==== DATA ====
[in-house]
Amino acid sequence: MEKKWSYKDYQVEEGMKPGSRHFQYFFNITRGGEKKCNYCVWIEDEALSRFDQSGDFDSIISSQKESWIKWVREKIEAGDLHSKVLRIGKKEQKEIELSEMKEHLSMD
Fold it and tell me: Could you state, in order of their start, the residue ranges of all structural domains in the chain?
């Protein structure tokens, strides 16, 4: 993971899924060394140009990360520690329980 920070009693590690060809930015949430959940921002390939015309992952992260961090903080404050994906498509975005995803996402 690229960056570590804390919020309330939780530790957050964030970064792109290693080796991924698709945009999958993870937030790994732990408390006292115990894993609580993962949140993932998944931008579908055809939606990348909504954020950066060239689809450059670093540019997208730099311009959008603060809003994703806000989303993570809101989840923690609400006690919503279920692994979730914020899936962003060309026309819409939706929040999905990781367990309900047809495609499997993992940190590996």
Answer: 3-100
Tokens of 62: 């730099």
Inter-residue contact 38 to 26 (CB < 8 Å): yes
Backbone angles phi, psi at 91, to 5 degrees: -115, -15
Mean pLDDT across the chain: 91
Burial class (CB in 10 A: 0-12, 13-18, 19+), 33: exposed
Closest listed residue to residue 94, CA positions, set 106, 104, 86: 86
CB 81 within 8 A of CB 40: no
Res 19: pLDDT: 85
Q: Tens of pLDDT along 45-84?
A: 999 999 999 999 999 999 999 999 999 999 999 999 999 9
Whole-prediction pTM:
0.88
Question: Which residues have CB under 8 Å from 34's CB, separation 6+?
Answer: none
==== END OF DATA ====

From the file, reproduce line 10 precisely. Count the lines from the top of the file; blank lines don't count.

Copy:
Burial class (CB in 10 A: 0-12, 13-18, 19+), 33: exposed